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Lakshmi K.,Center for Excellence in Computational Engineering and Networking | Muralikrishna P.,Naval Physical and Oceanographic Laboratory DRDO | Soman K.P.,Center for Excellence in Computational Engineering and Networking
Proceedings - 2013 IEEE International Multi Conference on Automation, Computing, Control, Communication and Compressed Sensing, iMac4s 2013 | Year: 2013

Channel estimation is an important aspect in wireless communication, in which an estimate of the interference caused to the normal transmission is found, which is then cancelled to retrieve the original signal. In UnderWater Acoustic transmission, two main effects are delay spread and Doppler shift. It has been found[10] that while sampling in the delay - Doppler domain, the effect of the channel can be treated as sparse. Thus framing the estimation problem as an optimization problem of the form of a Basis Pursuit De Noising (BPDN)[21] and solving it using sparse reconstruction methods could be a good technique. In addition to giving good sparse solution, the technique also assures low computational complexity, (due to iterative nature of solution methodology) when compared to traditional estimation methods like Least Square Estimation (LSE) and Minimum Mean Square Error Estimation(MMSE). © 2013 IEEE. Source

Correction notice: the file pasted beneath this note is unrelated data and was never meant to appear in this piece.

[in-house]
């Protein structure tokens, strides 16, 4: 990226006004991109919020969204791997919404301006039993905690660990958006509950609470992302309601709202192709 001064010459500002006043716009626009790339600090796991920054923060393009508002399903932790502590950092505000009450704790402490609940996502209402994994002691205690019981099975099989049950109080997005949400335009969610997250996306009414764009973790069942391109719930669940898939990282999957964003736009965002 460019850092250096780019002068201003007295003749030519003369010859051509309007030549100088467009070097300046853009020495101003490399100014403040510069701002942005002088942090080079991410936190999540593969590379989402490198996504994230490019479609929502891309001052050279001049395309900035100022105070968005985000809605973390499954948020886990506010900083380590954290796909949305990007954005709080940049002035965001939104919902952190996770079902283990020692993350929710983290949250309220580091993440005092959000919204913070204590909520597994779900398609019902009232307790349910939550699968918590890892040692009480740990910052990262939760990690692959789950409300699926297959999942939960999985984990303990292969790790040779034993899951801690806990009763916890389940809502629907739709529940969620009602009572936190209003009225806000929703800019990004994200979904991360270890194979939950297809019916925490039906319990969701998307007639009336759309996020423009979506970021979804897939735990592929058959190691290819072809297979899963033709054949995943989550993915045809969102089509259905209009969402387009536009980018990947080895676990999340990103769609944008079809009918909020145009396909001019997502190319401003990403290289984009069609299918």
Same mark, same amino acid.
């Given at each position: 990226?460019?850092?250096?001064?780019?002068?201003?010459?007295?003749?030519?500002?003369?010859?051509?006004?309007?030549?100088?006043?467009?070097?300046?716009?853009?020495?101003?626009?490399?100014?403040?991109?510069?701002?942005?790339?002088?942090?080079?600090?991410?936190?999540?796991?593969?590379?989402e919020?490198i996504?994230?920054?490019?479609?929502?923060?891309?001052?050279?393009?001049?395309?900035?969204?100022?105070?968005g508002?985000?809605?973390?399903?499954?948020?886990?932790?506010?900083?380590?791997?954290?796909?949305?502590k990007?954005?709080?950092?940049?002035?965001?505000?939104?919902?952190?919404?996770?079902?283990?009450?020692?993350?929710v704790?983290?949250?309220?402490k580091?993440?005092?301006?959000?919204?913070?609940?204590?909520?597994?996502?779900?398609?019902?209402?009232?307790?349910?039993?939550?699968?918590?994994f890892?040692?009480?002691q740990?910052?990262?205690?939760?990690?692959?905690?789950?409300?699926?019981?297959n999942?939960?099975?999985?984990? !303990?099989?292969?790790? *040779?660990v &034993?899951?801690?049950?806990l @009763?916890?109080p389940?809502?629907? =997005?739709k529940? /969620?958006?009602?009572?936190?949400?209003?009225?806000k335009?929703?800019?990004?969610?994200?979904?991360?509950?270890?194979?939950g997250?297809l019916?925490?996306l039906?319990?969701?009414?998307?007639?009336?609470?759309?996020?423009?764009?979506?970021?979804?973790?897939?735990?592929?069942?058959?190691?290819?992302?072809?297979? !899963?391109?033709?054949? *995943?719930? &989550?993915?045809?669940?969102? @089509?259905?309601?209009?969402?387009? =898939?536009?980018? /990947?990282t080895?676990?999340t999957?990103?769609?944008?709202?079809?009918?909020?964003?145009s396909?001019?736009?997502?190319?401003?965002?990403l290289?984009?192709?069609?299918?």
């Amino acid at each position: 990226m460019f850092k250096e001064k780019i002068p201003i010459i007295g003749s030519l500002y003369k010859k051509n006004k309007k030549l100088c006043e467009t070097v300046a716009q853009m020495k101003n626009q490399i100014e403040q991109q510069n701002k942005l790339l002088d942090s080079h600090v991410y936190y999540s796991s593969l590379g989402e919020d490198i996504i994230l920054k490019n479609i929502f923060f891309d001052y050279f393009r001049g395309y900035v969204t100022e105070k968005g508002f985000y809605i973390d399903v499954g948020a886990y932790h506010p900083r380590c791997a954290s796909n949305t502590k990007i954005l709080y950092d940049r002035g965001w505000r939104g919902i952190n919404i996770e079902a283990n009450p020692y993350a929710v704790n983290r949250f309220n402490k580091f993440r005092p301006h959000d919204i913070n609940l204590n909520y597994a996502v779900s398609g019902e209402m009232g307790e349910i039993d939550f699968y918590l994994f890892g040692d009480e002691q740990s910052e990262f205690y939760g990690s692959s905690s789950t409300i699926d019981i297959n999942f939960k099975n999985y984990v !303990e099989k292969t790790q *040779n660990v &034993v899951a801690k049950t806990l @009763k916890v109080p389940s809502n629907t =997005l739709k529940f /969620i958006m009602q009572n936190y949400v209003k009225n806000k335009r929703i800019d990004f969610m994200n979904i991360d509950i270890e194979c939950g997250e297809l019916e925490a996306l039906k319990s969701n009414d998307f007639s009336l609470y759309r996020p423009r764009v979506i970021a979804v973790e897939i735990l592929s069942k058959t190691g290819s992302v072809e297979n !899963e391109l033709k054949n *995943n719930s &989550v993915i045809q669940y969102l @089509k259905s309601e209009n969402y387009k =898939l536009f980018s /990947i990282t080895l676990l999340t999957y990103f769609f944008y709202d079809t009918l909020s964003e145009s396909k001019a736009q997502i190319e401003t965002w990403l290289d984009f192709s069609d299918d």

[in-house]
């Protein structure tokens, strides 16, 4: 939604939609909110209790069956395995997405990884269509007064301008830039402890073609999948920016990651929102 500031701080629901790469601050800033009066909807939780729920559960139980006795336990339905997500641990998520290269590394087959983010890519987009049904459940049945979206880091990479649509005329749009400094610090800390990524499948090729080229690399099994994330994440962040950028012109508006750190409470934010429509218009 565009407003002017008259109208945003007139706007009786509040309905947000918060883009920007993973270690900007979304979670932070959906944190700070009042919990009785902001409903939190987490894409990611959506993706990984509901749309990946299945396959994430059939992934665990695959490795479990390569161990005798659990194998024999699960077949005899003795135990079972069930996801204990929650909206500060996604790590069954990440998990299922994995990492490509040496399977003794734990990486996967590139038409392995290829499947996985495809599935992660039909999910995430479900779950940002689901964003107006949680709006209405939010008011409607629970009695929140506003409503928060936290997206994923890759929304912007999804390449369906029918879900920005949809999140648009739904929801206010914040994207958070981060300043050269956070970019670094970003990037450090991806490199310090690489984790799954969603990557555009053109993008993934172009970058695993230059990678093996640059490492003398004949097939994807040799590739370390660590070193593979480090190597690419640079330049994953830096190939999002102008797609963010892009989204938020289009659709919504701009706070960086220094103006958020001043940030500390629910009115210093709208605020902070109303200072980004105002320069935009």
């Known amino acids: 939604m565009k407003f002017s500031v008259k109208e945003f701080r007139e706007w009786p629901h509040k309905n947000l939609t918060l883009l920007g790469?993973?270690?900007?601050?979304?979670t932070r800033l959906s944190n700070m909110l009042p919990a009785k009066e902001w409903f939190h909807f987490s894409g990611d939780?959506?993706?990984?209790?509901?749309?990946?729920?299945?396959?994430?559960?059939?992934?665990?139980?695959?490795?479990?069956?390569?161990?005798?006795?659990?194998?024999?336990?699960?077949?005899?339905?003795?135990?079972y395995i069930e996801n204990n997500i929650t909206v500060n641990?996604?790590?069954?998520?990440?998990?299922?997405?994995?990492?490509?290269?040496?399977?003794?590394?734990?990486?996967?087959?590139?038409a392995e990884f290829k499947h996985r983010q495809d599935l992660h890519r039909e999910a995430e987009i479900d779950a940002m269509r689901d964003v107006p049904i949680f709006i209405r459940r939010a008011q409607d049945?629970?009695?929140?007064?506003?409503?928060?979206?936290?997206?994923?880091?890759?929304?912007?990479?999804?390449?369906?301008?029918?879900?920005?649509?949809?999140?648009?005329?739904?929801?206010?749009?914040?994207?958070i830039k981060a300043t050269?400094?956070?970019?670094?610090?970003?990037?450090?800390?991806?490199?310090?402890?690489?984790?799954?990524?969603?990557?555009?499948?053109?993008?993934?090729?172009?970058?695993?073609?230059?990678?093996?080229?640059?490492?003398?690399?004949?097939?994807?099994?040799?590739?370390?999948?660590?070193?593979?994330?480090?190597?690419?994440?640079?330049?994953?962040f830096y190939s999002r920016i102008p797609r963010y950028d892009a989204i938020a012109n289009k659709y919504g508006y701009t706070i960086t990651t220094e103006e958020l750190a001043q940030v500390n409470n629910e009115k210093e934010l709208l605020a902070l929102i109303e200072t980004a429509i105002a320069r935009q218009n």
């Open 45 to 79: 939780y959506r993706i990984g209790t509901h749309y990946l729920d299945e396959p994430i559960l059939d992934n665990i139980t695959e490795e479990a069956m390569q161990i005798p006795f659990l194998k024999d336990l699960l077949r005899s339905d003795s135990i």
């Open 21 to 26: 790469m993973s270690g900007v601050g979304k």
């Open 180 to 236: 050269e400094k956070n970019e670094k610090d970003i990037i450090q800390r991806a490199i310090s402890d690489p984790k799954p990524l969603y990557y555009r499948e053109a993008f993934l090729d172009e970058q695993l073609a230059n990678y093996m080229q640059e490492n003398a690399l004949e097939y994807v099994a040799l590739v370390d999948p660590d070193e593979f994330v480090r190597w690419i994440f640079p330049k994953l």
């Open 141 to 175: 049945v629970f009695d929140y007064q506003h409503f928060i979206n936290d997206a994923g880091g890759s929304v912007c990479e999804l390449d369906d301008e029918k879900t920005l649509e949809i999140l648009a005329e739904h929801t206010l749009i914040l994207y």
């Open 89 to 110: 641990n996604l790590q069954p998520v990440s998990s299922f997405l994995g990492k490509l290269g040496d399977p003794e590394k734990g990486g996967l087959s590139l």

Sasikumar K.,Naval Physical and Oceanographic Laboratory DRDO | Manoj N.R.,Naval Physical and Oceanographic Laboratory DRDO | Mukundan T.,Naval Physical and Oceanographic Laboratory DRDO | Khastgir D.,Indian Institute of Technology Kharagpur
Journal of Applied Polymer Science | Year: 2014